Active or passive exposure to nicotine from tobacco smoke increases the risk of having high blood sugar and diabetes

Indoor Air Cartoon Journal, December 2018, Volume 1, #36

Human beings need energy to perform their daily functions. Liver, muscles and fats cells, for example, help in the production of energy. The “raw material” for the energy production in the cells is mainly glucose. Glucose is constantly being injected into human blood through a digestion process. So, how does glucose get to the cells? Glucose in human blood is channelled into the cells by insulin attached to the surfaces of the cells. Basically, insulin opens the “doors” for glucose to get to the cells for energy production. Insulin also channels glucose into fat cells for storage. The stored glucose is called glycogen. Basically, insulin ensures that the “raw material” needed for human energy production is always available. In essence, insulin regulates the amount of glucose in the blood and transfer them to where they will provide value to human.

So what happens if insulin malfunction? Insulin will find it difficult to open the channel for glucose to be transferred into the cells for energy production. The inability of insulin to open the channel is called insulin resistance. When resistance is high, a lesser amount of glucose will find their way to the cells. Thus, the amount of glucose in the human body will continue to build until it becomes very high, especially with a constant injection of glucose into human blood through the digestion process.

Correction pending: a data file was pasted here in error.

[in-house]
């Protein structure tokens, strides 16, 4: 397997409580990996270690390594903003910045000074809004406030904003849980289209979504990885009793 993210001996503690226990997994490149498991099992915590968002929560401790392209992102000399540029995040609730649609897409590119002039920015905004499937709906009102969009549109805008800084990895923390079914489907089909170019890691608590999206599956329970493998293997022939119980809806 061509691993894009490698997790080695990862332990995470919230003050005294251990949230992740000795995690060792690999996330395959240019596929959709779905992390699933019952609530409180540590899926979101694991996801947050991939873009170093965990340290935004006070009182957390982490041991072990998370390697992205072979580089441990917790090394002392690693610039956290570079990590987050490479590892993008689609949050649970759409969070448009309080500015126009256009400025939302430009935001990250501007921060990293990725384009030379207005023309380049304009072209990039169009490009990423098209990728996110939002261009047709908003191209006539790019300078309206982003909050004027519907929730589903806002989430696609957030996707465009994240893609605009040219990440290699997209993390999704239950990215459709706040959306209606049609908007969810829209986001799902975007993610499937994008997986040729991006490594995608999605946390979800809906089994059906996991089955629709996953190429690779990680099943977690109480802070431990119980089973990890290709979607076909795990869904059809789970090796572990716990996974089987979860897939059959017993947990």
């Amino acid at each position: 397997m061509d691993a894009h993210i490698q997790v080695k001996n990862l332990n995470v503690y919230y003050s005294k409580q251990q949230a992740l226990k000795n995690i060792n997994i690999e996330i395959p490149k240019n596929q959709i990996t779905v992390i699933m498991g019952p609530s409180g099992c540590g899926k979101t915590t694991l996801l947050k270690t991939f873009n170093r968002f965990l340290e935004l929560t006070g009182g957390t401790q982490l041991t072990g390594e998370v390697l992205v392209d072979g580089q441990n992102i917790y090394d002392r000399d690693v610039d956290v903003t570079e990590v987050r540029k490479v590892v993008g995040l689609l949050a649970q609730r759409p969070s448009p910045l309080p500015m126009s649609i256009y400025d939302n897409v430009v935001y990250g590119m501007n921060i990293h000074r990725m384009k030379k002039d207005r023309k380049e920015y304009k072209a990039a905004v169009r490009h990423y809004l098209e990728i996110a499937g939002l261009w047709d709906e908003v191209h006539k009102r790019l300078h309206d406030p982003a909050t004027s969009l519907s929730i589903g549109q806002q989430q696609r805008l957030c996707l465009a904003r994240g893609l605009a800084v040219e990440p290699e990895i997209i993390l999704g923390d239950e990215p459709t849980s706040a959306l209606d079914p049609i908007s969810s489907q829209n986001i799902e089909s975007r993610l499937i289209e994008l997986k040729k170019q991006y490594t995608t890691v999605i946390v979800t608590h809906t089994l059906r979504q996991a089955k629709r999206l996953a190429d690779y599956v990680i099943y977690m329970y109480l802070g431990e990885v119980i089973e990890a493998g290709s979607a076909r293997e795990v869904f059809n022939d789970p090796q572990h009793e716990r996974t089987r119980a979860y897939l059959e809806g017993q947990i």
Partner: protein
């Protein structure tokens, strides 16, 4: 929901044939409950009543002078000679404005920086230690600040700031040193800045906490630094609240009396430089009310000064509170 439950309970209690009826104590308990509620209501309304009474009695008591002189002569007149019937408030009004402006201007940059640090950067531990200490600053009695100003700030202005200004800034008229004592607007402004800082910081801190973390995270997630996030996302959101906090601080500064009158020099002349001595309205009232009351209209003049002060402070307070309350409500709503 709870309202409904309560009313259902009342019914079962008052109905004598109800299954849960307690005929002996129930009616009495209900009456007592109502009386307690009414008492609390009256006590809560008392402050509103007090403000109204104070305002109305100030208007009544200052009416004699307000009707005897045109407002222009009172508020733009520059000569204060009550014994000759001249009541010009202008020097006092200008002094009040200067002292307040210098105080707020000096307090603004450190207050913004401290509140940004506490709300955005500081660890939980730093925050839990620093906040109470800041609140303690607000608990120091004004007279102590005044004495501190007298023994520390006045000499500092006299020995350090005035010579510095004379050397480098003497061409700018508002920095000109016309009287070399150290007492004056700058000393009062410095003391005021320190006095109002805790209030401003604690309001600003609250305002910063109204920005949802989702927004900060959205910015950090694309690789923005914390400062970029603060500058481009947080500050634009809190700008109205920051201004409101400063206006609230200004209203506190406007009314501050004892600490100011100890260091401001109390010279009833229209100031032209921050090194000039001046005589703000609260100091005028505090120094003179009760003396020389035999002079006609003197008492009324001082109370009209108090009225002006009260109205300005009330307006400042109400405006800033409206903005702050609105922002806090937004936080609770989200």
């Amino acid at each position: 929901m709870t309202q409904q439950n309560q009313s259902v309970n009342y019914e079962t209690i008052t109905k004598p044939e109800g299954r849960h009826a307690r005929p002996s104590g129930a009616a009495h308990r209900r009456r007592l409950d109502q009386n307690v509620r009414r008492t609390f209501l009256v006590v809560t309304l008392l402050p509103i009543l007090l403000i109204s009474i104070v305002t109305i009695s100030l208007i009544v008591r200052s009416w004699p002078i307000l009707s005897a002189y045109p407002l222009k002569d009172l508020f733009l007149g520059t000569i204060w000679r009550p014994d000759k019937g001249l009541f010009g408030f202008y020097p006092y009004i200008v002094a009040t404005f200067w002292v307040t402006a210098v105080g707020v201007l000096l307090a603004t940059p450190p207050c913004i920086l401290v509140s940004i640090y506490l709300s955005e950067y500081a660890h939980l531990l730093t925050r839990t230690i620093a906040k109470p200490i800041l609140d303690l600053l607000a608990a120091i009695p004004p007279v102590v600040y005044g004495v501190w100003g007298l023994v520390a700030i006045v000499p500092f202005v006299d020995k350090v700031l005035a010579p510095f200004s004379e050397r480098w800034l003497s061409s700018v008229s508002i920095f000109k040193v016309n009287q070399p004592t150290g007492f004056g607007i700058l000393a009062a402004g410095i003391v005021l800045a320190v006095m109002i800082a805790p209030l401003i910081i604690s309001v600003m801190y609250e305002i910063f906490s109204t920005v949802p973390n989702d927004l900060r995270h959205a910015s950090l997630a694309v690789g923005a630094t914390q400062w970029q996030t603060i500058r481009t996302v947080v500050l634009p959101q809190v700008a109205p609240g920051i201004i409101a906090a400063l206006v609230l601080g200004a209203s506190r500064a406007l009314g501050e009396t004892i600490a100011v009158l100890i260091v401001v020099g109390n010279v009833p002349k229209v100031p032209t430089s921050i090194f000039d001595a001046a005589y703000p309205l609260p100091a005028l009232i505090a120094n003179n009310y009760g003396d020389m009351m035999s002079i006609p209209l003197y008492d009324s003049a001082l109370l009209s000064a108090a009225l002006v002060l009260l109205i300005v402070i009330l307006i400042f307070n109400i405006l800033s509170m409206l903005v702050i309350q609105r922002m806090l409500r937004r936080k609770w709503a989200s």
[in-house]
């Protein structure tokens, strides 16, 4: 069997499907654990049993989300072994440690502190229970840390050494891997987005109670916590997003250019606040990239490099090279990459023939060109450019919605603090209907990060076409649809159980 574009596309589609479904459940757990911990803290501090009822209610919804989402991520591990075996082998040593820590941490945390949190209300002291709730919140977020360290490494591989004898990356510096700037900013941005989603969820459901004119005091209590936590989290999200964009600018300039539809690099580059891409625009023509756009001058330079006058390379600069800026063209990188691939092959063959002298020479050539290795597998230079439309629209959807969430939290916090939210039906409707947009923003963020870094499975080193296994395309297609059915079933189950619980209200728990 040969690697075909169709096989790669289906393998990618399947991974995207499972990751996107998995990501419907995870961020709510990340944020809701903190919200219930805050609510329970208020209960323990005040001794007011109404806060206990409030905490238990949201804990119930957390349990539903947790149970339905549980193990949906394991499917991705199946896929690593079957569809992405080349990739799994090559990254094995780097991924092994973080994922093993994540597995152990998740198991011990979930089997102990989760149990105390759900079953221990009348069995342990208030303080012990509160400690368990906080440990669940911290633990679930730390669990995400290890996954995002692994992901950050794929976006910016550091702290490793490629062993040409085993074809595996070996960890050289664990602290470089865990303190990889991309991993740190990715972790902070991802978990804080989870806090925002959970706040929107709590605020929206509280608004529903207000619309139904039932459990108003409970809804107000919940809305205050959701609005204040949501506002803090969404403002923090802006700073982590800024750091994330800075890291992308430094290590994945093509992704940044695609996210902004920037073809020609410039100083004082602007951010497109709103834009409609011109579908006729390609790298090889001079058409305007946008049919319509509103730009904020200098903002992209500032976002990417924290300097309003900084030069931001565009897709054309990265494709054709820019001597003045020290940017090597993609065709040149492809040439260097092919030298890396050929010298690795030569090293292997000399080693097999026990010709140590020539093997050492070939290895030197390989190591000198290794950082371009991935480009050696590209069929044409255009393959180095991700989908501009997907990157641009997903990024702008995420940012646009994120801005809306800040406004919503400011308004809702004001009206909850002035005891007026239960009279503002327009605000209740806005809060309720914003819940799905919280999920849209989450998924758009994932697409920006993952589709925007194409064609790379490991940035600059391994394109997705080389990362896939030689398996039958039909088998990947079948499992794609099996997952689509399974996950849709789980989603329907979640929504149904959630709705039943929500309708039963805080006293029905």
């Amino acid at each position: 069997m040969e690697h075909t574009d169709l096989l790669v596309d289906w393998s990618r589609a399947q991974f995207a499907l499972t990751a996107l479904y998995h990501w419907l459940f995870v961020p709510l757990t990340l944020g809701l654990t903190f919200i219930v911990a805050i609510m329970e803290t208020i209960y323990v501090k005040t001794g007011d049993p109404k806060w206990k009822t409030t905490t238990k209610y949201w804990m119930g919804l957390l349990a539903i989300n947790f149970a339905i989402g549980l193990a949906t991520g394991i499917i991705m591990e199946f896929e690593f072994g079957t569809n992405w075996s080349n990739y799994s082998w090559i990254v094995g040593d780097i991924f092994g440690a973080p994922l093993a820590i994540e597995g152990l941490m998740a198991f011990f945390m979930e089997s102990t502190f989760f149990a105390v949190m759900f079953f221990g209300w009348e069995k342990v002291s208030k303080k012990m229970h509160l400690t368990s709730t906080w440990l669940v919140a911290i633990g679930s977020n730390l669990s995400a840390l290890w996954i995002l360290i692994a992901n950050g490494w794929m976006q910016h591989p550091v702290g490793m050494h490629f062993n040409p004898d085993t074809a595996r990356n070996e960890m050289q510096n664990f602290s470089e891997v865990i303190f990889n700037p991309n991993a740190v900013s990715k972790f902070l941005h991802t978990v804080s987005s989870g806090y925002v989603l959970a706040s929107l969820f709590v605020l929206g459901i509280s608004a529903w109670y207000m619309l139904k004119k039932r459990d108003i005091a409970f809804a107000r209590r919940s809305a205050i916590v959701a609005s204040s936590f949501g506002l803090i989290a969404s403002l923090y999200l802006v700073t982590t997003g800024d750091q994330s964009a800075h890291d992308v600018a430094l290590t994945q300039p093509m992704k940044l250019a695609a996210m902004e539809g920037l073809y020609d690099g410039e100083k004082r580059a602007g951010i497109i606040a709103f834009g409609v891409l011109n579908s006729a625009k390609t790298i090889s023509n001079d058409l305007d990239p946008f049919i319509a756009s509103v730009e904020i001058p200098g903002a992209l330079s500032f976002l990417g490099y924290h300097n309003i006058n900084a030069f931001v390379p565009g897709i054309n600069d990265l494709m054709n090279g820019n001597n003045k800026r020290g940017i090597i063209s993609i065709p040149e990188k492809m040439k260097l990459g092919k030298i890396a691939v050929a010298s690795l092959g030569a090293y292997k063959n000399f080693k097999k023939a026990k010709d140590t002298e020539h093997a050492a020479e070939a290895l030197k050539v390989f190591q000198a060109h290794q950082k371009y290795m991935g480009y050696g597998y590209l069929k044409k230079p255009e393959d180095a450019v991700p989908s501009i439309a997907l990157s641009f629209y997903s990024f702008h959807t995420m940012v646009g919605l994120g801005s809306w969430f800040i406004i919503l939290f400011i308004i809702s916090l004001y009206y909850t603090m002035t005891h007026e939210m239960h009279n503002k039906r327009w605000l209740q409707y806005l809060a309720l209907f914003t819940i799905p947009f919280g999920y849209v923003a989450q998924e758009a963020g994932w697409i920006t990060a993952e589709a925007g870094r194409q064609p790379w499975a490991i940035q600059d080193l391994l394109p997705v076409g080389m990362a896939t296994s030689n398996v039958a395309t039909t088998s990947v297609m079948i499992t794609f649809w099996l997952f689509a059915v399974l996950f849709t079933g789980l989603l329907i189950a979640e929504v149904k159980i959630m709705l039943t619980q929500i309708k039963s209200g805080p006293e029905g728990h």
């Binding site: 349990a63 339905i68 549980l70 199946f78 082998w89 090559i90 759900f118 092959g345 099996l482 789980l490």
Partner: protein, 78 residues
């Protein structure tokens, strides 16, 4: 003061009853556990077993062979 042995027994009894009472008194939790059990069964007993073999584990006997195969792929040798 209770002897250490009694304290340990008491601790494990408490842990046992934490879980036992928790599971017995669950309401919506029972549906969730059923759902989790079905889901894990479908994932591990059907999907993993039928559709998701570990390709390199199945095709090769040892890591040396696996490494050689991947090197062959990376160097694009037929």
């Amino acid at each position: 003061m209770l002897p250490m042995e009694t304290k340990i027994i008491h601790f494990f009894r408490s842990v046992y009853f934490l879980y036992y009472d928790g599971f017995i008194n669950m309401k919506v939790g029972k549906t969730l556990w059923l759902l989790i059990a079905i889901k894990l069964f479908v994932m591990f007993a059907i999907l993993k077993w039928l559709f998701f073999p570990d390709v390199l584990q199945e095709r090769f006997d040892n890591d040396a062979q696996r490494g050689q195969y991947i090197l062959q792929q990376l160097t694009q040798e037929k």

So what causes insulin resistance? Evidence in the literature suggests that exposure to nicotine from tobacco smoke, through active and passive – secondhand and third-hand smoking, is a major contributor to insulin resistance occurrence. This means effort should be made to reduce human exposure to tobacco smoke in an indoor and outdoor environment. This is even more important for people consuming a high amount of sugar on a daily basis.

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Do you want to know more about this topic? Read ATTVALL et. al. (1993), Eliasson (2003), Facchini et. al. (1992) and Lajous et al. (2013) papers.

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